A couple of years after I was kicked out of my house, when I was living in an apartment with some friends, I called my dad and said, “Rent’s due and I don’t have any money.”

My dad asked, “Well, what happened to your job?” I made up some lie about cutbacks or something. He said, “Meet me at Denny’s in an hour.” I said okay.

After we sat down, he signed a blank check, handed it to me, and said, “Take whatever you need. This should hold you until you can find another job.” He didn’t probe. He didn’t give me a limit. And I absolutely took advantage! I not only remember taking that check and writing it out for much more than I needed. I remember sneaking into my mom and dad’s house on numerous occasions and forging his signature. I mastered his signature. I went six months at one point without a job, because I didn’t need one! I completely abused his kindness and he knew it. Years later he told me that he saw every one of those checks being cashed, but he decided not to say anything. It didn’t happen immediately (the fruits of grace are always in the future), but that demonstration of unconditional grace was the beginning of God doing a miraculous work in my heart and life.”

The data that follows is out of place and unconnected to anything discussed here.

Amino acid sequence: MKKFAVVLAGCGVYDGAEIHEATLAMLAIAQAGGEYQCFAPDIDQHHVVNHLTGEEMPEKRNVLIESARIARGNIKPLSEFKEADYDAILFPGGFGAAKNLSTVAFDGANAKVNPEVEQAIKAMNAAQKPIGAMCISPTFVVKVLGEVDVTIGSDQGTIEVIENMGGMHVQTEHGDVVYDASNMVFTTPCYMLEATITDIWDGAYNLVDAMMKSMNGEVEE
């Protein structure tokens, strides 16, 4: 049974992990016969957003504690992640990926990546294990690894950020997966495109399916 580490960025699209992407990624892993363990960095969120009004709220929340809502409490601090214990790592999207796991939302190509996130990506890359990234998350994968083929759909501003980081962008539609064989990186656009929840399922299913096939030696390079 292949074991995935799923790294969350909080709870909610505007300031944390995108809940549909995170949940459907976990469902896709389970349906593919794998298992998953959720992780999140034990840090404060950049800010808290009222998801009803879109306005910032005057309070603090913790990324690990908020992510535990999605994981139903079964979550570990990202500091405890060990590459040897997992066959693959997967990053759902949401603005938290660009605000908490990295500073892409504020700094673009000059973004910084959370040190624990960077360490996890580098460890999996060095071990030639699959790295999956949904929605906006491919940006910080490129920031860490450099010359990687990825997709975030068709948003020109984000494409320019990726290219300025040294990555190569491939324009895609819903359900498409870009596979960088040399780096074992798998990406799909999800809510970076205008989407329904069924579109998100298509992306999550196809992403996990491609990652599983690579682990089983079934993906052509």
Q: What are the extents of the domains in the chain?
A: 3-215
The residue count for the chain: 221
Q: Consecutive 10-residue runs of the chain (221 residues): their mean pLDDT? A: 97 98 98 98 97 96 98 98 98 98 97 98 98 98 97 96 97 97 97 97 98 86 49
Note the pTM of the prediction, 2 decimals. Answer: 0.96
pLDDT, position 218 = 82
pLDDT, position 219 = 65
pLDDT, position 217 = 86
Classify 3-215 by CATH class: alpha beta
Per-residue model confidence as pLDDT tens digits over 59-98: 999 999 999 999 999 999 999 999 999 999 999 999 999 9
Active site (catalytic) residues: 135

Steve Brown once told me something I will never forget. He said, “Children will run from the law, and they’ll run from grace. The ones who run from law never come back. But the ones who run from grace always come back. Grace draws its own back home.”

The name “Lot” comes from the Hebrews verb, “lut” meaning, “to wrap closely,” “to envelop.” And from the first mention of him in Scripture that’s what we see the Lord doing.